Being part of an organization that is actually making a difference for educational institutions and building a team of experts within United Educators. It is an amazing group of 200 people. The executive team is second to none. That has been by far my most rewarding experience.

Since 1998, Ms. Abraham has overseen the tremendous growth of Vermont-domiciled United Educators, whose premium volume is soon expected to hit $200 million, up from $25 million soon after its 1987 launch, and is one of the largest of the roughly 230 RRGs now operating. With about 200 staffers, United Educators provides not just insurance coverage but also risk management services to its 1,600 policyholders—schools, colleges, and universities. Prior to joining United Educators, Ms. Abraham was a CFO at Whitman College in Walla Walla, Washington, and she has held various positions at Cornell University in Ithaca, New York. Ms. Abraham is the author of Risk Management, An Accountability Guide for University and College Trustees, which encourages board oversight of enterprise risk management activities at their institution.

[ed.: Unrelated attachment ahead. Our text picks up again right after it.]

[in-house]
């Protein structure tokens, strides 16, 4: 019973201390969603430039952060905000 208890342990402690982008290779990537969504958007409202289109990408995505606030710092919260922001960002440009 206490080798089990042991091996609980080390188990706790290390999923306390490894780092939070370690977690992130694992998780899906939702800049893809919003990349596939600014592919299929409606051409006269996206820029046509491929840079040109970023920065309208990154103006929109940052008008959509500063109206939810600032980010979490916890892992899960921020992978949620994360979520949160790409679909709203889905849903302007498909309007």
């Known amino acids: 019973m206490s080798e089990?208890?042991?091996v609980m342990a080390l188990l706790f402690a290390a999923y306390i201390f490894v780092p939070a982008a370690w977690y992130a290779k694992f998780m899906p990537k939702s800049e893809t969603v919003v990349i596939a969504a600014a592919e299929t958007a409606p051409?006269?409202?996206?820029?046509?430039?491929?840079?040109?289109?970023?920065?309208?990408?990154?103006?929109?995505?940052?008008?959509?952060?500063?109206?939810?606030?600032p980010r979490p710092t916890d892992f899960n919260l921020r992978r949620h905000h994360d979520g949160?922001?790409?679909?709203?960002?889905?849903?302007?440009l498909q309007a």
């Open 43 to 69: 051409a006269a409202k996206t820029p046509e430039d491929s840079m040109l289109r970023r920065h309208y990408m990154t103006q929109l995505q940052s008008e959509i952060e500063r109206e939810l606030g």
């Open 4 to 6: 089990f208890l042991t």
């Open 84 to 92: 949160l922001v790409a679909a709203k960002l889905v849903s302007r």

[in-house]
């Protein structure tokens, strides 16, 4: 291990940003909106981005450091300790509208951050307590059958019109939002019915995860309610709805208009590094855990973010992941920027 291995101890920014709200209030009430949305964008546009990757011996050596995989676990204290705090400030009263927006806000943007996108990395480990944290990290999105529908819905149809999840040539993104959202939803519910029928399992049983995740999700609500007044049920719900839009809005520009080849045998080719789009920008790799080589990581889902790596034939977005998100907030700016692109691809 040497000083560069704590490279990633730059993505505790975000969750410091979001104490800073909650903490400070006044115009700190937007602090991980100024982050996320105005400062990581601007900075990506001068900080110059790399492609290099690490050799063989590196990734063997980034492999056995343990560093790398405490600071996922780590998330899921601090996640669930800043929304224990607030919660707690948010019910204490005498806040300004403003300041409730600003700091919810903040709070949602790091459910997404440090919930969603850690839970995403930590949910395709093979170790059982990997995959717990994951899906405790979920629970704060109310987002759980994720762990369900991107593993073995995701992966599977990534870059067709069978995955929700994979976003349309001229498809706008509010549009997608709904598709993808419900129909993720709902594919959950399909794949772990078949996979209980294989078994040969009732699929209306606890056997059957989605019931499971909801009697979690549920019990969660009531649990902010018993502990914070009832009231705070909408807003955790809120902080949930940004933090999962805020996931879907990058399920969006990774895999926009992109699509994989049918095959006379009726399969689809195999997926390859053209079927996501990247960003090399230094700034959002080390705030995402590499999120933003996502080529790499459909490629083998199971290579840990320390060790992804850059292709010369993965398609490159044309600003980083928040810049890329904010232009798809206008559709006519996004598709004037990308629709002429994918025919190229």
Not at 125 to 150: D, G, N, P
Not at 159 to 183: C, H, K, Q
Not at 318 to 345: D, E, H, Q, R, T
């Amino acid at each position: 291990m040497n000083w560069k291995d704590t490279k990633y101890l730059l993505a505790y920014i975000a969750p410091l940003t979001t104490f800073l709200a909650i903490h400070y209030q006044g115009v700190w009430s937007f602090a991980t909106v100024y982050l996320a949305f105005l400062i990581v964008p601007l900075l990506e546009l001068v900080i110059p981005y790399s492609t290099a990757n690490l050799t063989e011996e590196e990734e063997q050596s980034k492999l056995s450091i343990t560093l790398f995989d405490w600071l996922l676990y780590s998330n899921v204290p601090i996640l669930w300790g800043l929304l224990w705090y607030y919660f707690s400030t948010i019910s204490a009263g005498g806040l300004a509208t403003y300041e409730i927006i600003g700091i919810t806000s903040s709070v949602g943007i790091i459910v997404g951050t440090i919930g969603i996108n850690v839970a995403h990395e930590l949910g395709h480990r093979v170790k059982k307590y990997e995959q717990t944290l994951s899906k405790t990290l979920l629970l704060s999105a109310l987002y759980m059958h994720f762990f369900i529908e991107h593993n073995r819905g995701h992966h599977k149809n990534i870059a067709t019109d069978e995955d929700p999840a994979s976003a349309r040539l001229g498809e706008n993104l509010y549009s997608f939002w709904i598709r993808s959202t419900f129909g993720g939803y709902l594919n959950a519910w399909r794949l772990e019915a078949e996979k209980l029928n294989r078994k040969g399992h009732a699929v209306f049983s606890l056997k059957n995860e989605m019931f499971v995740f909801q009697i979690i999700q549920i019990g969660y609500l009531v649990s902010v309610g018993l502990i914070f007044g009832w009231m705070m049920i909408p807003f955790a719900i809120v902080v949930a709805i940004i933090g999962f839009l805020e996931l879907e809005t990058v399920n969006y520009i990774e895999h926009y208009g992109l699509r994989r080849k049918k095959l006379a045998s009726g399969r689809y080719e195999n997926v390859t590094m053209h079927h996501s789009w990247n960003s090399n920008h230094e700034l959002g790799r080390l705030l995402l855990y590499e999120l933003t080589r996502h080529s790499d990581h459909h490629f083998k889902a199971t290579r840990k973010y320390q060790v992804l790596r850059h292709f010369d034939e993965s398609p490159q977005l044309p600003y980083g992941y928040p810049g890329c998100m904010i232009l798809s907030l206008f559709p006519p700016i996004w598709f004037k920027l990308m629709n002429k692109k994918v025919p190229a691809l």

See also the related Captive.com article titled "Risk Retention Group Expansion: A Modest Yet Critical Proposal."

(The photo above of Ms. Abraham and the United Educators logo are courtesy of United Educators and used with its permission.)